Skills for Reading Comprehension

Gathering from the parents and teachers whom I spoke to, it seems that the task of reading comprehension is a challenge for many students. And most are puzzled, and I believe, also frustrated at why the children just seems unable to perform well in this section despite countless practices and gentle (sometimes not-so-gentle) reminders to read the passage carefully, slowly and maybe a few more times.

Well, the first misconception to clear up is that being able to Read does not equate to Comprehension. They are in fact two very separate tasks that require different abilities, yet at times are as one.

For the purpose of helping our child be better in Reading Comprehension (as a task), let’s take a look at the underlying abilities necessary to accomplish this task.
(And, NO. It is more than and beyond just the subject of English)

Using the following ‘simple’ passage as an example:

Q1. Why were we scared when we arrived at the farm?
Q2. What can we feed a baby cow with?

Based on the above passage, here are the underlying abilities a child needs (besides just being able to recognise words and read sentences):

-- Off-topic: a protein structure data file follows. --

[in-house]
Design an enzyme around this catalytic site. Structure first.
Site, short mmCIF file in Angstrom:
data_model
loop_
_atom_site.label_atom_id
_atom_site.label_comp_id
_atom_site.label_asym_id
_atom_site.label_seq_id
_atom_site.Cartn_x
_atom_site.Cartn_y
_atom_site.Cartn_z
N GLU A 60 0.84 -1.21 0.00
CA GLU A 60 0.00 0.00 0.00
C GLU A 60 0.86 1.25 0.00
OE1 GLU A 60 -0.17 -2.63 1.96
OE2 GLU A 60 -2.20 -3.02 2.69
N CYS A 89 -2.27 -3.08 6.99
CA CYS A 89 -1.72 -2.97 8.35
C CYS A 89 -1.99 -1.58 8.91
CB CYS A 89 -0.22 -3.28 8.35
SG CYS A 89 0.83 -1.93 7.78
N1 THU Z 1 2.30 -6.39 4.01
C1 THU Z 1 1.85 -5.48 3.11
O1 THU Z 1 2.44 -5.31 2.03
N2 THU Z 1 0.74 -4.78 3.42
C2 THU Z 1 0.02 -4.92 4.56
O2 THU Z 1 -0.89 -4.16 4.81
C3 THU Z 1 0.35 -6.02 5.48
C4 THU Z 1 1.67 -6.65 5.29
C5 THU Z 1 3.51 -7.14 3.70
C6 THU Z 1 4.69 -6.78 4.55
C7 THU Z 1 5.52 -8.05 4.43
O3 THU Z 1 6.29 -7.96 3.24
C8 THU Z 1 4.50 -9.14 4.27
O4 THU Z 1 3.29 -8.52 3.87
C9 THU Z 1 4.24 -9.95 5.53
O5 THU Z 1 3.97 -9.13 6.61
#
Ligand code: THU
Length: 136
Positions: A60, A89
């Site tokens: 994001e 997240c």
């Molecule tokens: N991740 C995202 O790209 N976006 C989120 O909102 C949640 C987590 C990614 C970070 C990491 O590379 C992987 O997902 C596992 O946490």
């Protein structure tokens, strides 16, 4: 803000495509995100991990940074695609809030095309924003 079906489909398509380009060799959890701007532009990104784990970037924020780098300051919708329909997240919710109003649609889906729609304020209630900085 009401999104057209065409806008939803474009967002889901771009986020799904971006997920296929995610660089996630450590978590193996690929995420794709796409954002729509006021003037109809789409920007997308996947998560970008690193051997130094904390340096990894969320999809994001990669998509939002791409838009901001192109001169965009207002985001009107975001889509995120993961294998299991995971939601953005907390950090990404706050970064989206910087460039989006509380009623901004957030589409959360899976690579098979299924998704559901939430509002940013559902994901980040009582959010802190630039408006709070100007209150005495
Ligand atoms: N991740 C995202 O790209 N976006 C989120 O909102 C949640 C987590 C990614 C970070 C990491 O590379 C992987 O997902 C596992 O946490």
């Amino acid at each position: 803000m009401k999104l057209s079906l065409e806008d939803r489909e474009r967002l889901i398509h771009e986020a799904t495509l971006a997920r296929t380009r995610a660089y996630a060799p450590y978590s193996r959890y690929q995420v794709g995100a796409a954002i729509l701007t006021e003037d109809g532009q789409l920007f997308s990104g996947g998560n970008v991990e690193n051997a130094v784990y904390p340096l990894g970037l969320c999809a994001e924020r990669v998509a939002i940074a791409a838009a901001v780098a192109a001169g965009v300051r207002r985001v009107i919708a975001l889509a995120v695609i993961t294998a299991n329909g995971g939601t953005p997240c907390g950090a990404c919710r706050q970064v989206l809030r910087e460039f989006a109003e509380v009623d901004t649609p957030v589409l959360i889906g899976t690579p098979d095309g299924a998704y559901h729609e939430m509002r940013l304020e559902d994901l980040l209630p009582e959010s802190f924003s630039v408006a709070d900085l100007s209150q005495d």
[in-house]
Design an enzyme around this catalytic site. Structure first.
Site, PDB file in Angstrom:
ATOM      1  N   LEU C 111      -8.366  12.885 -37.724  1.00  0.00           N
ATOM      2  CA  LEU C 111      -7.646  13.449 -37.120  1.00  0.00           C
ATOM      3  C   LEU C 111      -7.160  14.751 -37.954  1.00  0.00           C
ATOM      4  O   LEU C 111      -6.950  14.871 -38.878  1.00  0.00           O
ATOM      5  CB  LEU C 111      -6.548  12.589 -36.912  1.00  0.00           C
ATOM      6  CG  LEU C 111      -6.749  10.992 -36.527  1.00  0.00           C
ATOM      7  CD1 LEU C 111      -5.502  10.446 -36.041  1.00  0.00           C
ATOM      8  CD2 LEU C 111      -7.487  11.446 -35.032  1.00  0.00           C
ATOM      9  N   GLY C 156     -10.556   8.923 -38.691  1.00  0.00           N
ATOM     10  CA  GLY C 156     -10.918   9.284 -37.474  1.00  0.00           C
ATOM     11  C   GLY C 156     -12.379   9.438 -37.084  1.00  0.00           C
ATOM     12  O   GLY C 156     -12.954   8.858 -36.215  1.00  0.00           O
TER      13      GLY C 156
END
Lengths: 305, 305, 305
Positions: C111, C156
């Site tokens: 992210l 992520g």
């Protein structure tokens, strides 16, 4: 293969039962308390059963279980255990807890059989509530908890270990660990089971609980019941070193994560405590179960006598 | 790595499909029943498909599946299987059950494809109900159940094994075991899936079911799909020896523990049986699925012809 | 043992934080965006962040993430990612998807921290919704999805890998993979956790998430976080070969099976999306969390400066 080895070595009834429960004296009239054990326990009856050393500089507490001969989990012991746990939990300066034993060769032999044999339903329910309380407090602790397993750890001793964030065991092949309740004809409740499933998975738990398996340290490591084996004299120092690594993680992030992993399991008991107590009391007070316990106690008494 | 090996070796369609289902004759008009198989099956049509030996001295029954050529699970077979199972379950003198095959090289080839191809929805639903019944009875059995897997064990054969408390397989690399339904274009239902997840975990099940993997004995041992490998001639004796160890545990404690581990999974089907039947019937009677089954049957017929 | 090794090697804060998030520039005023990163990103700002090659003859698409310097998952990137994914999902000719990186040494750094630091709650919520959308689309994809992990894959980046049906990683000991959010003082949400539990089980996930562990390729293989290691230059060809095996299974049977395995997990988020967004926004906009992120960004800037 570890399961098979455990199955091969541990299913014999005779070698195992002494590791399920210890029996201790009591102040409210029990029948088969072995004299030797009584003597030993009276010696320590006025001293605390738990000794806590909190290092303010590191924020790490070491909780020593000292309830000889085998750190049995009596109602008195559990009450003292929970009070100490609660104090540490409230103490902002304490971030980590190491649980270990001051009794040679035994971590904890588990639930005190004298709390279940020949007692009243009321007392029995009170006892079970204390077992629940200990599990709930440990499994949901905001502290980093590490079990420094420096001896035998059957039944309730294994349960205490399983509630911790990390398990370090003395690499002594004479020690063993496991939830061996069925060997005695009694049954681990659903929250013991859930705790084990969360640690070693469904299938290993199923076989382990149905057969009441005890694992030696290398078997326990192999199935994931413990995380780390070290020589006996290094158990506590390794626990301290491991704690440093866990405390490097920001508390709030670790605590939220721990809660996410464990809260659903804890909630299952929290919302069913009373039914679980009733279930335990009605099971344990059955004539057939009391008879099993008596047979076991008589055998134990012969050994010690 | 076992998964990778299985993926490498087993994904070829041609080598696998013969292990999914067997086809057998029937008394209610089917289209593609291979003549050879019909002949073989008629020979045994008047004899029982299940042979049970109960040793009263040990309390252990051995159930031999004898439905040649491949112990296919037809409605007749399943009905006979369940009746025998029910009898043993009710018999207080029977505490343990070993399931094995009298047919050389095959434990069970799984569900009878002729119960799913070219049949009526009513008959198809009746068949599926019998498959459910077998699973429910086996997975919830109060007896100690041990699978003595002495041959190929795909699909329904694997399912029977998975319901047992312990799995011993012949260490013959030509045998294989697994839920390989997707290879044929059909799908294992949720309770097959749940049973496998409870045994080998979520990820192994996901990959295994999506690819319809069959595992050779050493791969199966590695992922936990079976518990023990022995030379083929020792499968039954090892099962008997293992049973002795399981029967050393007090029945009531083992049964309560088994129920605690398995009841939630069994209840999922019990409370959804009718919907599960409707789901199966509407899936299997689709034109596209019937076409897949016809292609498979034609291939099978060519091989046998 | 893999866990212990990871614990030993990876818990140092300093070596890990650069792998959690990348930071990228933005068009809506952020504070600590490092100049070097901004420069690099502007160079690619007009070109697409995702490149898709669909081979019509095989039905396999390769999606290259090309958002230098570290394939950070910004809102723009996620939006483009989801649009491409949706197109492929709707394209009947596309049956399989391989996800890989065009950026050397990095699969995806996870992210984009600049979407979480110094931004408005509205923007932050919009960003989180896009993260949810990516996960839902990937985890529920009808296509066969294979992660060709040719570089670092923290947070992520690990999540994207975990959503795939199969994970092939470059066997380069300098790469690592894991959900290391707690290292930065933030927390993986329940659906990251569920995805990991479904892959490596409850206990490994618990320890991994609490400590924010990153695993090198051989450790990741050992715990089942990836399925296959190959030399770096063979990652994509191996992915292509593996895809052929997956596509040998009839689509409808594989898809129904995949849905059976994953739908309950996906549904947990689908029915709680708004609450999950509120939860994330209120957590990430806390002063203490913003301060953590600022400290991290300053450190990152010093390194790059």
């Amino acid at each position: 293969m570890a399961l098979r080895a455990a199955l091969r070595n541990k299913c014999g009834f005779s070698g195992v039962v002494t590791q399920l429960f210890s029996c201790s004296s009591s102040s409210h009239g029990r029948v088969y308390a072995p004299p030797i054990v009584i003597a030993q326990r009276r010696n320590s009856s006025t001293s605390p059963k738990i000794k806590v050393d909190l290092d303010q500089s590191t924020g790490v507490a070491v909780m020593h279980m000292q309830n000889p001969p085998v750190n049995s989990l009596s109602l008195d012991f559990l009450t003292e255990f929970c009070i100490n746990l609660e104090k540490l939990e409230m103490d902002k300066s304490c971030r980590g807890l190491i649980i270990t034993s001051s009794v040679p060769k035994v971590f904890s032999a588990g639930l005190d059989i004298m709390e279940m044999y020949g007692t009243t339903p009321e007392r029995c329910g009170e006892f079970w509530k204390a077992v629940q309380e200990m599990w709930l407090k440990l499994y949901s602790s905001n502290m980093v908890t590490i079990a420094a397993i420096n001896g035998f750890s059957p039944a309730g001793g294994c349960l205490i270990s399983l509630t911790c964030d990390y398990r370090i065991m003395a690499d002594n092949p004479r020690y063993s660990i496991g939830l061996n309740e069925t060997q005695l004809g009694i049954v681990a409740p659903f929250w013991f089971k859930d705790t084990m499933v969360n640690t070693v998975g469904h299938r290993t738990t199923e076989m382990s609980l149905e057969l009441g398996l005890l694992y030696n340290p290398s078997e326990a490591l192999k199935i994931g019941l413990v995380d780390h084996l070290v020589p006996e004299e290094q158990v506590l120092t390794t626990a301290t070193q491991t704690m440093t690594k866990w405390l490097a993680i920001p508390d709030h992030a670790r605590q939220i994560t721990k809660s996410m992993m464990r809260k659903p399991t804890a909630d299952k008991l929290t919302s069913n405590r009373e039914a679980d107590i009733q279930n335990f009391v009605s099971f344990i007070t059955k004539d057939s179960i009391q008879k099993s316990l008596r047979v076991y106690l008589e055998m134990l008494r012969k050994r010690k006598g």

1. Visual Discrimination
    • To differentiate between words that are similarly spelled (such as dairy / diary, scared / sacred, or some may misread ‘quite’ as ‘quiet’)
  2. Meaning of Words (commonly known as Vocabulary)
    • To be able to answer the questions that follow, a child would have to understand that ‘calf’ refers to a baby cow and that ‘herd’ refers to a big number of cows
    • The word ‘milk’ appeared twice but actually have different contextual meanings (one is referring to an action while the other is a noun)
  3. Visual Tracking and Focus
    • To follow the sentence from left to right, beginning to end, without skipping lines or words
  4. Verbal Sequence (how the words are put together to form an overall idea)
    • The child perceive meaning only when he/she is able to organise the information into meaningful sequence of sentences, instead of just singular words on their own

Is your child facing difficulty with Reading Comprehension? It could in fact be due to him/her having weakness in one or more of the underlying abilities needed to do this task – and may not necessary just be about ‘not trying hard enough’ or ‘just did not read it carefully’.

To understand your child’s underlying abilities, REGISTER for our Complimentary Learning Assessment


Article contributed by ThinkersBox


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